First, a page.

In a revision to its World Economic Outlook released yesterday in Hong Kong, the IMF said worldwide economic expansion will decline to 4.3% next year from 2010's 4.6% pace. The forecast for 2010 was revised upwards by 0.4 percentage points to reflect faster-than-anticipated growth earlier this year.

    However, "downside risks have risen sharply," the IMF warned, referring to European governments' debt problems and volatility in financial markets.

    Read More...
  • U.S. Economy: Headed For a Second-Half Slowdown Constant stock market volatility, a crippled job market and the troubles plaguing the European markets are starting to take their toll on the U.S. economy. After the major market rally of 2009, is the U.S. economy headed for a second-half slowdown... or, worse, the dreaded double-dip recession? Read this report to find out exactly what’s in store for the U.S. economy... Read More...
  • Money Morning Midyear Forecast: The U.S. Economy is Headed For a Second-Half Slowdown Most textbook economists say that the U.S. economy is engaged in a broad-based recovery. But while there's a consensus that there's no "double-dip" recession on the horizon, the evidence suggests the nation's economy is headed for a slowdown in the second half of 2010.

    The reason: In a market that derives 70% of its growth from consumer spending, the last half of this year will be all about those consumers - and about the economy's inability to generate enough jobs to keep the nation's cash registers ringing.

    If you add to that concern the end of the various government stimulus efforts, possible fallout from the Eurozone debt contagion, and oil in the Gulf of Mexico defiling the shores of four states, you end up with an economic outlook that's clouded with uncertainty.

    And that uncertainty will continue to stifle hiring and will result in another round of consumer belt-tightening - and a continued economic malaise.

    Read More...
  • Is it Time to Bet Against the U.S. Dollar? The U.S. dollar has been one of the world's strongest currencies in the first part of 2010. But, is the greenback really the bet choice for safety, quality and security? Read this report to find out why it's time to bet against the dollar... Read More...
  • How to Profit From Europe's Stealthy Resurgence European countries - both inside and outside the Eurozone - are slashing their budget deficits.

    Greece, Portugal and Spain - three of the so-called "PIGS" - have to do so, of course. But Germany - generally reckoned to be in excellent shape - is also cutting its deficit, as is France, which hasn't run a budget surplus in 40 years. Britain, too, with no need to protect the euro (it's not a Eurozone member) just introduced a budget that cut the deficit by $140 billion over four years.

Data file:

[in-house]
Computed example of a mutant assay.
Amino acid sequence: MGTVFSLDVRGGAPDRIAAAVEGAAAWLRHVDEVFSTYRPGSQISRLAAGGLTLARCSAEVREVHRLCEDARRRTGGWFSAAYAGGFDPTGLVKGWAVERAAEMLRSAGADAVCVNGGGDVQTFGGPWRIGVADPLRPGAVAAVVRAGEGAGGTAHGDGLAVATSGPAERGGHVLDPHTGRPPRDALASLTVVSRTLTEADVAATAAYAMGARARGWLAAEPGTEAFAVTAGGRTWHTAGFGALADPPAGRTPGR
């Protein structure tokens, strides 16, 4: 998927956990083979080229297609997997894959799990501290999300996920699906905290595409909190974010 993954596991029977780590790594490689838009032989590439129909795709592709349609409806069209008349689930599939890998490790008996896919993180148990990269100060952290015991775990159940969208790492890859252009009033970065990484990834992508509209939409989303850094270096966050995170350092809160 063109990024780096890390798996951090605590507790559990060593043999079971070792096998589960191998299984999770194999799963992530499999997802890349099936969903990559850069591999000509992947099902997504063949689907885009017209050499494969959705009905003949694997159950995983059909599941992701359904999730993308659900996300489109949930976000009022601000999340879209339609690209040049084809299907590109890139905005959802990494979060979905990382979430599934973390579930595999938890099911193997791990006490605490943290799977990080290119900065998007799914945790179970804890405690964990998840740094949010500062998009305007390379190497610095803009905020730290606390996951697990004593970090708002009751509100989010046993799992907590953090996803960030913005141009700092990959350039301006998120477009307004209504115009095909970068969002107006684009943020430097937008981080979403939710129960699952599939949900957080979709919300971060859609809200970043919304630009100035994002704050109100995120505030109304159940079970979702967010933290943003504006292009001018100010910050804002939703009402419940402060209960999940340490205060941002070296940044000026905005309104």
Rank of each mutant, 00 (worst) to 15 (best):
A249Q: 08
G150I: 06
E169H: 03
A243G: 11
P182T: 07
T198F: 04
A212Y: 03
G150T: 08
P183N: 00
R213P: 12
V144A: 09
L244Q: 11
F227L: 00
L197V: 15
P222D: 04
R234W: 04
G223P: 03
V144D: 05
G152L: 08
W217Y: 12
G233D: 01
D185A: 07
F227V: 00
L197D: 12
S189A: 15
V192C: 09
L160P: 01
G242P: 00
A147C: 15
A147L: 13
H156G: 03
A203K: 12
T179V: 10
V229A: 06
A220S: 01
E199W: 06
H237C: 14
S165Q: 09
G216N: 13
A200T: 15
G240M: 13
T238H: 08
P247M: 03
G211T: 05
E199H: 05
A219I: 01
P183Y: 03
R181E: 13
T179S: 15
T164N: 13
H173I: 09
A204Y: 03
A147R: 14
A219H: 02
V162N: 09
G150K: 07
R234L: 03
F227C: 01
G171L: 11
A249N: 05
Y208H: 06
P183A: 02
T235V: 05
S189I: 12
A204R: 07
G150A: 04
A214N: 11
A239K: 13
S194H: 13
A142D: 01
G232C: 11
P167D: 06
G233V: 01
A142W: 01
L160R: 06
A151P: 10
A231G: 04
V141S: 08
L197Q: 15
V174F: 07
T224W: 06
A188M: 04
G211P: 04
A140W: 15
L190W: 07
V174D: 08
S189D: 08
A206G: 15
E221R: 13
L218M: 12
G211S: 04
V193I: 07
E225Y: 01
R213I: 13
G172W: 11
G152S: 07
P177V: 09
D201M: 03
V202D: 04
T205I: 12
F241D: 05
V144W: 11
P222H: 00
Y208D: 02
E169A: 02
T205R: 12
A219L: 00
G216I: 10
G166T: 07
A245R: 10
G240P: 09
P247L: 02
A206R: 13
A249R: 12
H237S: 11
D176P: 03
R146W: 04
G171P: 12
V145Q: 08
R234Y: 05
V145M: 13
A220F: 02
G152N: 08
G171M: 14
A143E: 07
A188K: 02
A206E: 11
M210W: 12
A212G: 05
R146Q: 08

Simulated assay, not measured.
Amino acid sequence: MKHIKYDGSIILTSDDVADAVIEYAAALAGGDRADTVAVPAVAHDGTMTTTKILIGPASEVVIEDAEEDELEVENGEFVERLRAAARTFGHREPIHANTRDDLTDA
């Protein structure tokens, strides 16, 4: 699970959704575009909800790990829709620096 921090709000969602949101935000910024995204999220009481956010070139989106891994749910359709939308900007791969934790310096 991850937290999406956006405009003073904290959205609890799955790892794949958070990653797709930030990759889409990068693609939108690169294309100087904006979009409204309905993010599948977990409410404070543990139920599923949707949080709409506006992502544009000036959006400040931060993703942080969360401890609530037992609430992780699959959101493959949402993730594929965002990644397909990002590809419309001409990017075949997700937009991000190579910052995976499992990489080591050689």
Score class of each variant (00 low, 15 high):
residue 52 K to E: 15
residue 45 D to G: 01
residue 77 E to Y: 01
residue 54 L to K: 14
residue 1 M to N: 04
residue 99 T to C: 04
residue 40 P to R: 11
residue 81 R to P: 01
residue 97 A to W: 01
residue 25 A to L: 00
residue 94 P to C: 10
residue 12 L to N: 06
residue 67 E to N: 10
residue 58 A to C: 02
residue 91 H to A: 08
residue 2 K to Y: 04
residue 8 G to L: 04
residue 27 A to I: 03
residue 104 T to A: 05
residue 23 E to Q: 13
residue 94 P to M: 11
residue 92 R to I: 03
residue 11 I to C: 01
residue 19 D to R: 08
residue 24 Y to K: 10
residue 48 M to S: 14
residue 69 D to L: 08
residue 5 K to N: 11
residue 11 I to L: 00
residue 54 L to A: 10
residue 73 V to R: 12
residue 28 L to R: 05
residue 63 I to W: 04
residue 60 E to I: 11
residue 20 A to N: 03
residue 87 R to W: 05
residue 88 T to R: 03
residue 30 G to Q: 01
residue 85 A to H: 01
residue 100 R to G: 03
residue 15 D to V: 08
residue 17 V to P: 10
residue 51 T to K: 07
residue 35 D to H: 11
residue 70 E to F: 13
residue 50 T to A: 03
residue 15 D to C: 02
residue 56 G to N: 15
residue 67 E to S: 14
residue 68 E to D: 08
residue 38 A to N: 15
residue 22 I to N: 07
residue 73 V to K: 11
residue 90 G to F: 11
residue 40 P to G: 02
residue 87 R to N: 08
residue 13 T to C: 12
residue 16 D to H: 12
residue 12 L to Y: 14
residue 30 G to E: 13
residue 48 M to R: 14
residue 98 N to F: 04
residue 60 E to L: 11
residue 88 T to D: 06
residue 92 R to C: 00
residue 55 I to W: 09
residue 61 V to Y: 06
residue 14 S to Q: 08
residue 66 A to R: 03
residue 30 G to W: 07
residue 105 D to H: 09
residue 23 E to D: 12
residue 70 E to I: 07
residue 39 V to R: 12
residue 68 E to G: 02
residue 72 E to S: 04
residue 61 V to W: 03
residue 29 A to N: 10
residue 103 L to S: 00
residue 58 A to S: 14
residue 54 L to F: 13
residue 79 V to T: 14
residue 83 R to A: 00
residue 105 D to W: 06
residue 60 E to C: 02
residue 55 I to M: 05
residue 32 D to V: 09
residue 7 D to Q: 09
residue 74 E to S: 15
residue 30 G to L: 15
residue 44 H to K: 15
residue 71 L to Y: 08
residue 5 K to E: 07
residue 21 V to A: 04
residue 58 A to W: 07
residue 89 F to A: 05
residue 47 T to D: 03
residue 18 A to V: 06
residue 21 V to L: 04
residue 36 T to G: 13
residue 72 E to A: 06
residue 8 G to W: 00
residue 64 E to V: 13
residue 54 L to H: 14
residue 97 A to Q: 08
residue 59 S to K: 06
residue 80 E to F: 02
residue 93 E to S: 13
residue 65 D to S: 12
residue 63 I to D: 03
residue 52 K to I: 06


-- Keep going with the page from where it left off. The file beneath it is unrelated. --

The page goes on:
U.S. President Barack Obama and other Keynesians warn that Europe may push its own economy - or even the global economy - back into recession.

    But here's the surprising reality: Europe may gain from its fiscal pain - and its deficit-trimming actions offer the best hope for a lengthy recovery.

    To see which European countries are expected to rebound - and which ones to invest in - please read on...

    Read More...
  • Why Investors Must Keep an Eye on Spain Greece is not the big story of Europe anymore - just a smoke screen.

    The big story is Spain and the United Kingdom, and the news is getting worse.

    In the past week, Spanish officials acknowledged to reporters that the country's banks and companies were having difficulty obtaining credit. The credible website EuroIntelligence reported that Spain is now effectively cut off from international capital markets, which is a major new development.

    Read More...
  • United States Fears Economic Stimulus Measures Will Choke on Europe's Drastic Budget Slashing While U.S. President Barack Obama will be gunning for more economic stimulus measures at this weekend's Group of 20 (G20) meeting in Canada, European lawmakers continue drastic efforts to rein in spending.

    The coordination of global efforts to promote economic recovery will be the main issue at the weekend's meeting, which was set to spotlight the value of China's currency before Beijing announced Saturday that it would allow the yuan to appreciate. The United States and Europe's differing views on the most effective strategies to maintain global economic growth and slash bloated government budgets are increasing tensions between leaders.

    "There is a need to move toward rebalancing," Stewart M. Patrick, a senior fellow at the Council on Foreign Relations in Washington, told CNN. "But every country has different domestic political demands, and that is what drives decision making."

    President Obama is worried that drastic austerity measures in Europe will choke global growth and collapse a fragile recovery.

    Read More...
  • The Sovereign Debt Crisis: Bad For Europe, Good For U.S. Stocks For several months now, we've been talking about the post-financial-crisis "new world order" that's emerged from the speculative excesses, recessionary realities and regulatory breakdowns of recent years. This new world order has created a world of lucrative new profit opportunities - that are governed by a new set of profit rules.

    In terms of that whole new rules/new profit opportunities paradigm, here's one that may surprise you: The ongoing European crisis could end up as a net positive for U.S. stocks.

    Let me explain...

    To see how Europe's travails can aid U.S. stocks, please read on... Read More...
  • Money Morning Mid-Year Forecast: The Dollar Headed for Some Change  In spite of an assortment of economic uncertainties at home, the U.S. dollar has been the star of the currency world for most of 2010. Spooked by persistent and seemingly insurmountable debt problems east of the Atlantic and the specter of unsustainable growth and potential inflation on the Pacific side of the globe, savers and investors fled European and Asian currencies for the relative safe haven of the dollar.

    As Keith Fitz-Gerald, Money Morning's Chief Investment Strategist, pointed out last week (June 10), from January through May, the dollar gained ground against all but two of the world's leading currencies - China's yuan and the Japanese yen - and it retained parity with them. The greenback appreciated by as much as 16% versus the struggling euro, which last week (June 8) briefly dipped to a four-year low below $1.20, and 13% against the British pound.

    The InterContinental Exchange's (ICE) U.S. Dollar Index (USDX), which measures the dollar's value versus a trade-weighted basket of six leading foreign currencies, climbed from a low of 76.732 on Jan. 14, 2010, to an intra-day high of 88.586 on June 8.

    Read More...